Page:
Artificial Intelligence and The Future of Tech

By Naila Tariq —

No longer confined to science fiction, Artificial Intelligence is fast-becoming more and more integrated into our daily lives. From virtual personal assistants like Apple’s Siri, Amazon’s Alexa, and now Samsung’s Bixby, to self-driving cars and AI-fueled robots.

Experts remain uncertain of when Artificial Intelligence will become truly human-like, but many, such as futurist Ray Kurzweil, predict that we’ll reach the milestone in a bit over a decade given current advancements in technology.

With these advancements come concerns — fueled by fear-mongering headlines — about Terminator-style doomsday scenarios in which artificially intelligent robots and programs rise up against humanity and take over.

Experts assure us this is is not going to happen, at least not in the way we imagine it will.

There are concerns about the safety of AI and how we can keep its various forms safe and beneficial for all. But before we can get to those, let’s get back to basics and explain what AI is and what it can and can’t do, in order to dispel some of the myths and misconceptions surrounding the technology.

What is AI?

As mentioned above, artificial Intelligence can take many forms. The basic definition is that it’s a computer systems technology designed to perform tasks that would normally require human intelligence, such as speech or facial recognition, language translation, or — you guessed it — driving.

Even search algorithms that tailor ads based on your internet activity count as artificial intelligence.

There are two types of AI, narrow (weak) AI or general (strong) AI. Narrow AI encompasses programs designed to perform a singular, basic task. All the examples above are weak AI.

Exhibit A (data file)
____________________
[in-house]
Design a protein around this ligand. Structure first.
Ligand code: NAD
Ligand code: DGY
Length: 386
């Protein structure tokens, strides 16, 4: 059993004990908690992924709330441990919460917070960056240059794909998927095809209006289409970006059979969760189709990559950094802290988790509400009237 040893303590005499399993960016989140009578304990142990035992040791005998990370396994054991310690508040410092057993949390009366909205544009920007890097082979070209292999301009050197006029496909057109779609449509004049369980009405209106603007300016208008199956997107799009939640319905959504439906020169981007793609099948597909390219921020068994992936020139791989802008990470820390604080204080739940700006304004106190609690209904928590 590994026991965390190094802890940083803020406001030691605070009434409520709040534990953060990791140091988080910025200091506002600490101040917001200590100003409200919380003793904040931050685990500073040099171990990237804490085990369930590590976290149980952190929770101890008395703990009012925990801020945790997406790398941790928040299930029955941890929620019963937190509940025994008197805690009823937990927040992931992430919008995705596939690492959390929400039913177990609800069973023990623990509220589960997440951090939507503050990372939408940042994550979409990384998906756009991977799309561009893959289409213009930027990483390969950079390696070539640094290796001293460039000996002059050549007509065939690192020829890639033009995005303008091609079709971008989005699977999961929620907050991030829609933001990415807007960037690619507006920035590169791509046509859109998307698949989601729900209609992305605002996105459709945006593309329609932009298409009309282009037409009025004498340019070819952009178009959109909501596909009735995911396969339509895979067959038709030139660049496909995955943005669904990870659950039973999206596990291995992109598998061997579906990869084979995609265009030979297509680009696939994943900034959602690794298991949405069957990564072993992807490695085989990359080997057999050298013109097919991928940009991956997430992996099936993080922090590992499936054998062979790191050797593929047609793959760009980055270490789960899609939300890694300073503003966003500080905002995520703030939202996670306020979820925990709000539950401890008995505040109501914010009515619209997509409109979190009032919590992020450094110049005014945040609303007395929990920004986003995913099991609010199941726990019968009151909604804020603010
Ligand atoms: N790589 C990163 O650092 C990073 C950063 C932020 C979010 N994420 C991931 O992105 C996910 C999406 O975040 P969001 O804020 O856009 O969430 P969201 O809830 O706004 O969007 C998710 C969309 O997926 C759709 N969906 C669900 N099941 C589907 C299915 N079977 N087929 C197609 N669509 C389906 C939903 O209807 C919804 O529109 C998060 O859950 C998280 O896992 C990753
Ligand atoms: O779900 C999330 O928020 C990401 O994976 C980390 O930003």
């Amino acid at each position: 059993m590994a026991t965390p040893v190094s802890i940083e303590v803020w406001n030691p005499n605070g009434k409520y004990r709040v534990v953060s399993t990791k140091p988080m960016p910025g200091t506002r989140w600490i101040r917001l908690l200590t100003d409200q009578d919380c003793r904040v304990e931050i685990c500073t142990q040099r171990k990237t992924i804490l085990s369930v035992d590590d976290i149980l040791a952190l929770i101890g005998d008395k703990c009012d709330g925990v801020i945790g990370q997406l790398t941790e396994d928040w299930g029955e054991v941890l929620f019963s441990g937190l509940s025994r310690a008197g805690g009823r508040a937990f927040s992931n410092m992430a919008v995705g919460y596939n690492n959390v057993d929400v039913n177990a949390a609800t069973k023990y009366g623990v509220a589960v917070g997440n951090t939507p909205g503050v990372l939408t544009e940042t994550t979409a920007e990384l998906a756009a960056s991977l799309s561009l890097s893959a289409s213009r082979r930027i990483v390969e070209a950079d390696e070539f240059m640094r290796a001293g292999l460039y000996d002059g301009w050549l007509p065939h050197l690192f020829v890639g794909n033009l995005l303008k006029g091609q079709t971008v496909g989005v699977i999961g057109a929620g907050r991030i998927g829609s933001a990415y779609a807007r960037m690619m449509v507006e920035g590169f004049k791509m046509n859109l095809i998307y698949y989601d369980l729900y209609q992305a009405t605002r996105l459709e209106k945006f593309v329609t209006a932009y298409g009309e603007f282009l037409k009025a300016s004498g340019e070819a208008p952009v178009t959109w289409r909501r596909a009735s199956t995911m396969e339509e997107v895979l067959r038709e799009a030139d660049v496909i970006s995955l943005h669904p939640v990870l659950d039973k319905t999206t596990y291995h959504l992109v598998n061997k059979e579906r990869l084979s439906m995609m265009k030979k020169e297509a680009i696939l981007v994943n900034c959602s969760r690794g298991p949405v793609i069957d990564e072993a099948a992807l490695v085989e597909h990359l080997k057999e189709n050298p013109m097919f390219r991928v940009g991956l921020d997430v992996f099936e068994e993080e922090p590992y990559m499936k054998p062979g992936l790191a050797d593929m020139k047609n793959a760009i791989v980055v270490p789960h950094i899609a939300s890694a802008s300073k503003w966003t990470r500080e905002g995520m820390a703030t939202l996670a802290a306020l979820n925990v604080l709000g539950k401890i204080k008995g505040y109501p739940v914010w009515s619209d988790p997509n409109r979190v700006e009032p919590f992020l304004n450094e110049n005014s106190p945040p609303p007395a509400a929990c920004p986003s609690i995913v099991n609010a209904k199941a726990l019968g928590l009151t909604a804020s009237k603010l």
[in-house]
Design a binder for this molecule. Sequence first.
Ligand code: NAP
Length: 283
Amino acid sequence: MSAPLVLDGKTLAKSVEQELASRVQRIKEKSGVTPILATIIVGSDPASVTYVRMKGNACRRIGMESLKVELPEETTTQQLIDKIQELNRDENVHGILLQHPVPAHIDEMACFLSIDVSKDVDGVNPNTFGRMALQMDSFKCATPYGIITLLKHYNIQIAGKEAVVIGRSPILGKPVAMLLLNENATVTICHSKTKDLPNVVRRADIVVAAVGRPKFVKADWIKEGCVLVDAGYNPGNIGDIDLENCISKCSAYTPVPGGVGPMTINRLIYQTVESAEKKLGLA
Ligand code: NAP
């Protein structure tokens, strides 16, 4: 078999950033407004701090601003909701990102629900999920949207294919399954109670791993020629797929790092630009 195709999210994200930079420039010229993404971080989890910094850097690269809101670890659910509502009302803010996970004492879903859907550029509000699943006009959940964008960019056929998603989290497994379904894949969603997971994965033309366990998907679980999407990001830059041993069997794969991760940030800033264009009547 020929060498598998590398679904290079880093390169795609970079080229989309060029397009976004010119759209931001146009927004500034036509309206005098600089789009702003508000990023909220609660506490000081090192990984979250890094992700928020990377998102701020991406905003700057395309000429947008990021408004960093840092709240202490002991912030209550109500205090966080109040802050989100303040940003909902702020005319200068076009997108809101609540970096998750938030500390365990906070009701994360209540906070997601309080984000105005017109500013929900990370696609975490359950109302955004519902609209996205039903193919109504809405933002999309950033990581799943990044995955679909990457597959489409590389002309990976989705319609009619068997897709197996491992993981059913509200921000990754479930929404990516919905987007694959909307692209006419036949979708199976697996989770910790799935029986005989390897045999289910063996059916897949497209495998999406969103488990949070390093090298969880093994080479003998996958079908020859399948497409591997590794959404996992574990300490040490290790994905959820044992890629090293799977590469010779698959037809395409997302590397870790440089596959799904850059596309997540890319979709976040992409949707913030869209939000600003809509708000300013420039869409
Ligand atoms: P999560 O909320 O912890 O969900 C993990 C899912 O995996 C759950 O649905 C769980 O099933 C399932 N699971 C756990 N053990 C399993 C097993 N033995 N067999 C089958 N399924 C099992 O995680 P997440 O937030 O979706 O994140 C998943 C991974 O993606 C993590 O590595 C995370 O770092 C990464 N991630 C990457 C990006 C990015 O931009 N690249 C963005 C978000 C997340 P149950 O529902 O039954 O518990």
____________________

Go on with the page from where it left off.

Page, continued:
General AI is what people normally think of when they think of artificial intelligence; it’s AI that can perform any task that a human can, and seems human-like. As of yet, this kind of technology has not been developed, though it is the long term goal for researchers in the field.

While general AI is years away (exact number undetermined), there has definitely been significant progress in the field. As homes become increasingly interconnected, virtual personal assistant softwares are becoming more advanced; Mark Zuckerberg’s “Jarvis” is a prime example. Self-driving cars were initially thought to be a far-off reality, but could actually end up hitting consumer markets soon.

With these advancements comes a ton of benefits: the automation of manufacturing tasks and financial monitoring, for example, greater energy efficiency at home and at work with energy-monitoring software, streamlined shopping experiences, and more.

However, task automation can make hundreds of thousands of jobs redundant, prompting questions about what the job market will look like a few years from now. It also brings up an important issue that will become a greater concern if/when general AI is developed: how will the AI complete its task?

Consider a ridiculous, but illustrative example: if an AI is programmed to help people cross the street without being hit by any cars, what’s to stop it thinking that maybe the quickest, safest way is to throw the pedestrian clear across?

One of the biggest challenges regarding AI safety is problems like these, and ensuring that the AI completes tasks in line with humanity’s goals and values. Which goals and values is another debate.

There’s also the question of legality. If a self-driving car gets into an accident, who’s to blame? The passenger? The car manufacturer? The software developer?

Regardless of these hurdles, the field of Artificial Intelligence remains exciting and open to infinite possibilities for innovation, be it in developing a specific narrow AI, pushing research forward for general AI, or problem-solving the challenges that come with both.

Because unlike in the doomsday scenarios, the future is very much in our hands, and it’s up to us to decide what we want it to look like, and exactly how AI can help us achieve and maintain it.

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